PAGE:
Furthermore, the key players as well as the measures put in place by the stakeholders to ensure that this all important product is available on sustainable basis are unclear.
This had led to significant increase in energy costs for various uses especially cooking by household. Therefore, it has now become imperative to carry out this study which is aimed at analyzing the consumption of kerosene in Nigeria with a particular interest in Nasarawa Local government Area of Nasarawa state.
1.2 STATEMENT OF PROBLEM
It will be an understatement to assert that energy problem in Nigeria had over the past few decades grown from bad to worse. The crises, like cancerous cells had rapidly spread in magnitude of unimaginable dimension to all sectors of the economy. The desirability of clean energy is justified because it minimizes the release of air pollutants, which also constitute some externalities to households with adverse welfare consequences.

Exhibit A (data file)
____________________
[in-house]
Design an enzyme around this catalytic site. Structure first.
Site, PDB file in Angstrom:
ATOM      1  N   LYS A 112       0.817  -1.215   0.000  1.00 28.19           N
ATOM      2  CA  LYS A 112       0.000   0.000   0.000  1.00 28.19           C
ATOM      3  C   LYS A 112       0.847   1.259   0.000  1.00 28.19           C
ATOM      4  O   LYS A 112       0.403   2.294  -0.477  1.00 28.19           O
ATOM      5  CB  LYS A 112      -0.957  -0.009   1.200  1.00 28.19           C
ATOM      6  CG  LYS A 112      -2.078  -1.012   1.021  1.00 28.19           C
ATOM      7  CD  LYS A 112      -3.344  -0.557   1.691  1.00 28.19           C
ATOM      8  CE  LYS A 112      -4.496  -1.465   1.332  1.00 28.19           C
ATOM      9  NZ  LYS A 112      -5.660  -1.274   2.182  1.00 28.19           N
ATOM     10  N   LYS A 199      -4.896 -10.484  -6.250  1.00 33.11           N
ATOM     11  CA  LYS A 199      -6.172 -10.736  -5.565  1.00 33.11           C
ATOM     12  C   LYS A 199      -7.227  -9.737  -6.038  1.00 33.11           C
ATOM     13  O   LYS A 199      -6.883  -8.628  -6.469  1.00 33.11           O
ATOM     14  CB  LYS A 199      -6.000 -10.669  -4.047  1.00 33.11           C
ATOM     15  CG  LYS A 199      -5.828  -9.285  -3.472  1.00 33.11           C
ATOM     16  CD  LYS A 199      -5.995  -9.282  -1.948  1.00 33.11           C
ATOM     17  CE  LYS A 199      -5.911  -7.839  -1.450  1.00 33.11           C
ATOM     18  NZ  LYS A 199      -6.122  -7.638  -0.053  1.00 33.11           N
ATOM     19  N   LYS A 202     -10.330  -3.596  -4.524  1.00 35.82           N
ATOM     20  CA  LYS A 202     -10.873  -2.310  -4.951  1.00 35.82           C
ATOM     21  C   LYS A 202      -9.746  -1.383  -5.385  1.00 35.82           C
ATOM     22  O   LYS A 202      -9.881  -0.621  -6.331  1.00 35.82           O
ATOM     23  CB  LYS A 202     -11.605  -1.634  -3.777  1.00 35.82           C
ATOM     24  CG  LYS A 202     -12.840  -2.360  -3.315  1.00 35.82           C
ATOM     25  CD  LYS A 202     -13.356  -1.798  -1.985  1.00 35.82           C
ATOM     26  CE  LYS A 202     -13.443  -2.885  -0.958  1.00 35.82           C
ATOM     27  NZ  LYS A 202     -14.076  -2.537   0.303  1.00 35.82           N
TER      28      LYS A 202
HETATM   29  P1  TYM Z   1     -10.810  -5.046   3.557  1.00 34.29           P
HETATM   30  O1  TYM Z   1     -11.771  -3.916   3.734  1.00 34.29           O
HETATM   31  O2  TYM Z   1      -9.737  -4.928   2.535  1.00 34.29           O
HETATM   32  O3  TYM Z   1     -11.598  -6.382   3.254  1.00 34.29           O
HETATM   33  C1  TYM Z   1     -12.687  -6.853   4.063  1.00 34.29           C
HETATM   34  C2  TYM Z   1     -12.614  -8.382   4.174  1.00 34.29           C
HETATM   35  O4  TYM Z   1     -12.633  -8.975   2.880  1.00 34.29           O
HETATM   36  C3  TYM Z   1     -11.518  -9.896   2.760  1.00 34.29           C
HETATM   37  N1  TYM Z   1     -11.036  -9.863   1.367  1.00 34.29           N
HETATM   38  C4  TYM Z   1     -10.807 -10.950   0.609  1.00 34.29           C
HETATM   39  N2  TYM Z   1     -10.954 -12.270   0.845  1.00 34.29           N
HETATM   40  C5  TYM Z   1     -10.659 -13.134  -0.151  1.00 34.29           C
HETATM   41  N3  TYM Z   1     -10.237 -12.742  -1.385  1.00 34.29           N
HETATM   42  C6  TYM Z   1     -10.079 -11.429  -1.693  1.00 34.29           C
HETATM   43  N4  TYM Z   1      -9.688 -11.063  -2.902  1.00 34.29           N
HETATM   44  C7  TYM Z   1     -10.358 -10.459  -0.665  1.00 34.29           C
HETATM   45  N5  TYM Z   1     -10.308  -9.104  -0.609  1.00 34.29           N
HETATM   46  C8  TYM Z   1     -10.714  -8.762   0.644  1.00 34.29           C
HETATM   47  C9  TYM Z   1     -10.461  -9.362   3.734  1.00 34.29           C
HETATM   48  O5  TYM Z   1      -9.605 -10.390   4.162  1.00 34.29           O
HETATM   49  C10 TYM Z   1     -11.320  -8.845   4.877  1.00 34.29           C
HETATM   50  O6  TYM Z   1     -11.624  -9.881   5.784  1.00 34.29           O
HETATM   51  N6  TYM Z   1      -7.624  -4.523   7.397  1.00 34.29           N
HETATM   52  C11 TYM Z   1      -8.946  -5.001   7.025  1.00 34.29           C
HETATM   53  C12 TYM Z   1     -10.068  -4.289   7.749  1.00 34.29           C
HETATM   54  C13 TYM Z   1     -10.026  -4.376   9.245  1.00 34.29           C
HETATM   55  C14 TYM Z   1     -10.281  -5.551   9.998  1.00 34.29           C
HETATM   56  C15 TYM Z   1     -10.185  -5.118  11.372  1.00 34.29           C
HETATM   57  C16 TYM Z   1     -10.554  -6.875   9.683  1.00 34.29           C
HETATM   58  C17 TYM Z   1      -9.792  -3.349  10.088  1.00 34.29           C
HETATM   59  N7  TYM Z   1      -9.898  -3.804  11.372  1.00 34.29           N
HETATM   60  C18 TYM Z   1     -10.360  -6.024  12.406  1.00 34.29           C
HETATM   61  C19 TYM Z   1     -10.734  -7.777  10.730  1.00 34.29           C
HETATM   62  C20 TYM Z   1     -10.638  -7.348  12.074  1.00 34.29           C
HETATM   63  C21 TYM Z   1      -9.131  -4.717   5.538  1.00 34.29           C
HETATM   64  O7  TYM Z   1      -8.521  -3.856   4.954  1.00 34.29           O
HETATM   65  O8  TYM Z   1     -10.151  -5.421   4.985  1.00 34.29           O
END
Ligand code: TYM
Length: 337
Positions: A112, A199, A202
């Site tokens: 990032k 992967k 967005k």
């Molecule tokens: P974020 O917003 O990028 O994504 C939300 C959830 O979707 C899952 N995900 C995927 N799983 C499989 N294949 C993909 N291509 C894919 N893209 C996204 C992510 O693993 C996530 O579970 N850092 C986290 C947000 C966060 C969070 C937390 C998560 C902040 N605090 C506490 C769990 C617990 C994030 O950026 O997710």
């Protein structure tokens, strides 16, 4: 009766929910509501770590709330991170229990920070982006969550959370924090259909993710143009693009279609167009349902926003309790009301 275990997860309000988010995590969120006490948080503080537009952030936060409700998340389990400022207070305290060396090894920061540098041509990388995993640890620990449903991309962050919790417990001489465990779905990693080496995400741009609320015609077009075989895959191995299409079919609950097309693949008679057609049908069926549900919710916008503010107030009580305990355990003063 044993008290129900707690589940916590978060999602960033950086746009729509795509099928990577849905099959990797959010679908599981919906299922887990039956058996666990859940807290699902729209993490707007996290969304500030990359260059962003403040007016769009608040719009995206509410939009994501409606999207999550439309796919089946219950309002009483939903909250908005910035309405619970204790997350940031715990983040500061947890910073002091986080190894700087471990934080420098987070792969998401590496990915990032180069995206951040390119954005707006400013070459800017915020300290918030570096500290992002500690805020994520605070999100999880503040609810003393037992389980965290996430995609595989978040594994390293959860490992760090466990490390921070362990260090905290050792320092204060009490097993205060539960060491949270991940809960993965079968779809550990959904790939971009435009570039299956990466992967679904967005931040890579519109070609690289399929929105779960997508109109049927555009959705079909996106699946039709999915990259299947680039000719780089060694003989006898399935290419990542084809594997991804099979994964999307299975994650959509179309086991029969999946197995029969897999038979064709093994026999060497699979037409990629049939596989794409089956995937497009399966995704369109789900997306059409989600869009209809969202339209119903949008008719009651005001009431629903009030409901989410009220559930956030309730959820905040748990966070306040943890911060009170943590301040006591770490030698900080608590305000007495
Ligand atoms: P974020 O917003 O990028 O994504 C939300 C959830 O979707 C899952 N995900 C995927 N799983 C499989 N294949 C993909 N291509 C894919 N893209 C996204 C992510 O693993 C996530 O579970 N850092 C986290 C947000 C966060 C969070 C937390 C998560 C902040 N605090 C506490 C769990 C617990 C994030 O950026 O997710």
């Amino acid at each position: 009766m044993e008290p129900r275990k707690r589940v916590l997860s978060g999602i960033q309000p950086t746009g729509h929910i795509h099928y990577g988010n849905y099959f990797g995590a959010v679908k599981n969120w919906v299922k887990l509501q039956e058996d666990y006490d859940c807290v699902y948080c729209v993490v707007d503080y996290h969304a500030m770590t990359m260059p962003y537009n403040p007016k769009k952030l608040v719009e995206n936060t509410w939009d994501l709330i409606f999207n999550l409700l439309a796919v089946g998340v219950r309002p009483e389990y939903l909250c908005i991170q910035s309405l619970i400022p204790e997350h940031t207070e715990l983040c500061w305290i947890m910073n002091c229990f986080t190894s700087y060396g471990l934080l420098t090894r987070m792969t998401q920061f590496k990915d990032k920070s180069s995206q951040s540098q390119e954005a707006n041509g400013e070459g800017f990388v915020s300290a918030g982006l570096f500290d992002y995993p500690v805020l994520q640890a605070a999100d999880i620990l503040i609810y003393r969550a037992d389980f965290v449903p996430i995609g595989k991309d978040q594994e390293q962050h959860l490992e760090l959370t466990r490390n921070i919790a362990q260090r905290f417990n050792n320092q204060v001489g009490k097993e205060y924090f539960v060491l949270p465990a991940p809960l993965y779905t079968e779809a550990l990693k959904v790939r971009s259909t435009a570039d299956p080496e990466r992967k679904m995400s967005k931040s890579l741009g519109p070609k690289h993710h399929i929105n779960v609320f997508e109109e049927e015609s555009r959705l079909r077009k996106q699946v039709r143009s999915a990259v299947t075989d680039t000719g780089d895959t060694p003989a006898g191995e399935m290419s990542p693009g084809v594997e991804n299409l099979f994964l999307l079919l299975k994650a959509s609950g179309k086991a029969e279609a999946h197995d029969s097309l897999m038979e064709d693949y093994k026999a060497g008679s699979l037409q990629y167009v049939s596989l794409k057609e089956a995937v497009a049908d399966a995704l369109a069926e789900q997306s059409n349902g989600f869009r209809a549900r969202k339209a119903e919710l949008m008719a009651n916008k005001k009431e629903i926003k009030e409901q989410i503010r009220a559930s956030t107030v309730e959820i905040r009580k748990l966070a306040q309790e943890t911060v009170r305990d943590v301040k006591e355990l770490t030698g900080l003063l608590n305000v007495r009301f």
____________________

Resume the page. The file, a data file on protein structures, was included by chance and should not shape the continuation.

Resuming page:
The unavailability of cleaner energy like electricity, gas and kerosene has make urban and rural dwellers resort to the use of alternative and available source of household energy – firewood which has left and will always leave behind a great adverse effects such deforestation, environmental pollution, and other health problems.
The use of kerosene as source of household energy for cooking, lighting and warming has met a great obstacles as a result of its unavailable and high cost of purchase, therefore this research work makes attempt at analysis the level of consumption of this all important commodity in Nasarawa local government as the next available source of clean household energy to the use of firewood and charcoals.
1.3 AIM AND OBJECTIVES